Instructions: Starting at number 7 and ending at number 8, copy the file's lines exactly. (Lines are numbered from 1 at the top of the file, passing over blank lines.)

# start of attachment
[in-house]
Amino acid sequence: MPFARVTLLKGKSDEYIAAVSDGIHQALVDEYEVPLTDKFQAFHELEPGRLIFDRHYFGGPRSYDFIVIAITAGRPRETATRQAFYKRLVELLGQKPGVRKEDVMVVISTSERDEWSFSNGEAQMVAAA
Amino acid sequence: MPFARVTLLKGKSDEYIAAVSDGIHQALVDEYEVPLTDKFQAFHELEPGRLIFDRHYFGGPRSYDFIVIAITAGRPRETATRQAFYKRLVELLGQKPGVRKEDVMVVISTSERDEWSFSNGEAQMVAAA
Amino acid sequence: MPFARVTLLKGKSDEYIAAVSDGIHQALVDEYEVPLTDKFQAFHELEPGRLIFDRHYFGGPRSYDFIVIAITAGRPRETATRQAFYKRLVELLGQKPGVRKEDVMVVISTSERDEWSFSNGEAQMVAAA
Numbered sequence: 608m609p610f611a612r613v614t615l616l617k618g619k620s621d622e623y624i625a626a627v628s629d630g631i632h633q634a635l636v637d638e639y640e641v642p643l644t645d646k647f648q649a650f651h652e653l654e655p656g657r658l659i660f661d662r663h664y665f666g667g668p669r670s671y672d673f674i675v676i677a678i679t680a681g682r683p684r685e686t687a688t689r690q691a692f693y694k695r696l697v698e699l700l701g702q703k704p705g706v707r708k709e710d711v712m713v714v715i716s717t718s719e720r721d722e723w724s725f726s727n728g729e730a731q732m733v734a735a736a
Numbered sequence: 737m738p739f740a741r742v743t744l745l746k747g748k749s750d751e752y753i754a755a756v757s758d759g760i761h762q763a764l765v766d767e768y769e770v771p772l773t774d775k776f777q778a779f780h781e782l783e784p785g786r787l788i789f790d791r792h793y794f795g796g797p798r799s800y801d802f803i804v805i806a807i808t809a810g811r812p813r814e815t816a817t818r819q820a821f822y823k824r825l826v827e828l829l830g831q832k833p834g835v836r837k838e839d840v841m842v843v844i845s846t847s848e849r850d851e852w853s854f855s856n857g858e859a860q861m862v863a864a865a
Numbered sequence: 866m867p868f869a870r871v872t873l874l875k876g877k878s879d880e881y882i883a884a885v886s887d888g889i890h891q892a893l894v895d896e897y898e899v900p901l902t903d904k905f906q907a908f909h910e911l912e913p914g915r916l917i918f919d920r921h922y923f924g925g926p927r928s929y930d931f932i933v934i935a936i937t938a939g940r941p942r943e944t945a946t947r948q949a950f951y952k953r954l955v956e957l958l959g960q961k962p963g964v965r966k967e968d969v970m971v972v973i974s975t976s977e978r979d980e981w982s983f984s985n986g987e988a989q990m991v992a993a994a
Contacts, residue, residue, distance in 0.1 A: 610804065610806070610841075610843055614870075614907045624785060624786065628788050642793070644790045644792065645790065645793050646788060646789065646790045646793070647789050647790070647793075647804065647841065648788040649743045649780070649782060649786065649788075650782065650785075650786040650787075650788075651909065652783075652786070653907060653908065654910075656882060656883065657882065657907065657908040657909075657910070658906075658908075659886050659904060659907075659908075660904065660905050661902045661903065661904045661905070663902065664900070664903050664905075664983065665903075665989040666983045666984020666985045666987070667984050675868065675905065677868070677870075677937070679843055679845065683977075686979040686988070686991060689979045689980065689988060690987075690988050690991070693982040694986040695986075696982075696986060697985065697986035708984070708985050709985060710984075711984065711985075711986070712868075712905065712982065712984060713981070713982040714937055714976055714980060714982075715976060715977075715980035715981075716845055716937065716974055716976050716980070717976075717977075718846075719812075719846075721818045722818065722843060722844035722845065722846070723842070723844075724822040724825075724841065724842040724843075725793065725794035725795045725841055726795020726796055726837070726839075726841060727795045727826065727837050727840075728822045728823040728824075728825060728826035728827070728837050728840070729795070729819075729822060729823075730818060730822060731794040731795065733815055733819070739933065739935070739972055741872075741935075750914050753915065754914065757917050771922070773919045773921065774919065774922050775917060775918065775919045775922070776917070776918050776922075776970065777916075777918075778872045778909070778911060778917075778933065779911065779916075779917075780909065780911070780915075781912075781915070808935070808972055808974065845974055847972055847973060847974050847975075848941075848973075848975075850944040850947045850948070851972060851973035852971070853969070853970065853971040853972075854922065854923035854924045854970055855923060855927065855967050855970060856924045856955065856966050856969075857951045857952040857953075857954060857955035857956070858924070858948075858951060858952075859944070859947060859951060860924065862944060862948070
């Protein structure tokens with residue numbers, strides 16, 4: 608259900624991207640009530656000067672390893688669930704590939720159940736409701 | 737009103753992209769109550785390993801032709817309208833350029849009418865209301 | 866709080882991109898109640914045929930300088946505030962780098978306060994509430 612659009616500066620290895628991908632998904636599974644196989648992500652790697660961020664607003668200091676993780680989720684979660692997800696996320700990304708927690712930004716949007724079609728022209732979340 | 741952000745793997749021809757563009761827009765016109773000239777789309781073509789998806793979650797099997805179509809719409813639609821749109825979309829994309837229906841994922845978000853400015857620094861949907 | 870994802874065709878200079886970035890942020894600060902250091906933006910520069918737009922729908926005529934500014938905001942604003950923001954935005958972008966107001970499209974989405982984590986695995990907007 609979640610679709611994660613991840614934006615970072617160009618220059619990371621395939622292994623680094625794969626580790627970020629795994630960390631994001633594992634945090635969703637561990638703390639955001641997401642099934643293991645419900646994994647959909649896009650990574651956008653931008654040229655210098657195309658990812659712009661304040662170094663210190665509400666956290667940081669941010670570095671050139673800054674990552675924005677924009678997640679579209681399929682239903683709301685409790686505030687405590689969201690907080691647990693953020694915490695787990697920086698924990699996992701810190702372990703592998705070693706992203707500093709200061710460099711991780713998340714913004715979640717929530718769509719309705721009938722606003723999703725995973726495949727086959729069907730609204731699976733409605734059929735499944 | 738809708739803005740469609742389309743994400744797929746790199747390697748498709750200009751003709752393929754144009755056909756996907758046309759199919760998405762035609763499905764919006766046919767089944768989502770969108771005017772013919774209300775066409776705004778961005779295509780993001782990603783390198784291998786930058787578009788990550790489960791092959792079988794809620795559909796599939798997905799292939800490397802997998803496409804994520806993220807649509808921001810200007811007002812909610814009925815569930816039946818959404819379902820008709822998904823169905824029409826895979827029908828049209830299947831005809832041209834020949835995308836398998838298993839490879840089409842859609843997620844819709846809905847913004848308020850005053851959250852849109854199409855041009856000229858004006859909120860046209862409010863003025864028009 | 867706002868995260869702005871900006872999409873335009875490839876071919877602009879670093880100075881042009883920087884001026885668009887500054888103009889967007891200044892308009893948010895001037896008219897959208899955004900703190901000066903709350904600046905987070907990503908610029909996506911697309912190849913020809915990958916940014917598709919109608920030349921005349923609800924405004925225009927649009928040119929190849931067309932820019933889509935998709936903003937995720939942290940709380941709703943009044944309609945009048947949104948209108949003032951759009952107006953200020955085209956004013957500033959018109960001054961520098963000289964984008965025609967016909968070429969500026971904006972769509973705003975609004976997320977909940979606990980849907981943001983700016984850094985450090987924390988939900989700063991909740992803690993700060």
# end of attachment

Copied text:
Numbered sequence: 866m867p868f869a870r871v872t873l874l875k876g877k878s879d880e881y882i883a884a885v886s887d888g889i890h891q892a893l894v895d896e897y898e899v900p901l902t903d904k905f906q907a908f909h910e911l912e913p914g915r916l917i918f919d920r921h922y923f924g925g926p927r928s929y930d931f932i933v934i935a936i937t938a939g940r941p942r943e944t945a946t947r948q949a950f951y952k953r954l955v956e957l958l959g960q961k962p963g964v965r966k967e968d969v970m971v972v973i974s975t976s977e978r979d980e981w982s983f984s985n986g987e988a989q990m991v992a993a994a
Contacts, residue, residue, distance in 0.1 A: 610804065610806070610841075610843055614870075614907045624785060624786065628788050642793070644790045644792065645790065645793050646788060646789065646790045646793070647789050647790070647793075647804065647841065648788040649743045649780070649782060649786065649788075650782065650785075650786040650787075650788075651909065652783075652786070653907060653908065654910075656882060656883065657882065657907065657908040657909075657910070658906075658908075659886050659904060659907075659908075660904065660905050661902045661903065661904045661905070663902065664900070664903050664905075664983065665903075665989040666983045666984020666985045666987070667984050675868065675905065677868070677870075677937070679843055679845065683977075686979040686988070686991060689979045689980065689988060690987075690988050690991070693982040694986040695986075696982075696986060697985065697986035708984070708985050709985060710984075711984065711985075711986070712868075712905065712982065712984060713981070713982040714937055714976055714980060714982075715976060715977075715980035715981075716845055716937065716974055716976050716980070717976075717977075718846075719812075719846075721818045722818065722843060722844035722845065722846070723842070723844075724822040724825075724841065724842040724843075725793065725794035725795045725841055726795020726796055726837070726839075726841060727795045727826065727837050727840075728822045728823040728824075728825060728826035728827070728837050728840070729795070729819075729822060729823075730818060730822060731794040731795065733815055733819070739933065739935070739972055741872075741935075750914050753915065754914065757917050771922070773919045773921065774919065774922050775917060775918065775919045775922070776917070776918050776922075776970065777916075777918075778872045778909070778911060778917075778933065779911065779916075779917075780909065780911070780915075781912075781915070808935070808972055808974065845974055847972055847973060847974050847975075848941075848973075848975075850944040850947045850948070851972060851973035852971070853969070853970065853971040853972075854922065854923035854924045854970055855923060855927065855967050855970060856924045856955065856966050856969075857951045857952040857953075857954060857955035857956070858924070858948075858951060858952075859944070859947060859951060860924065862944060862948070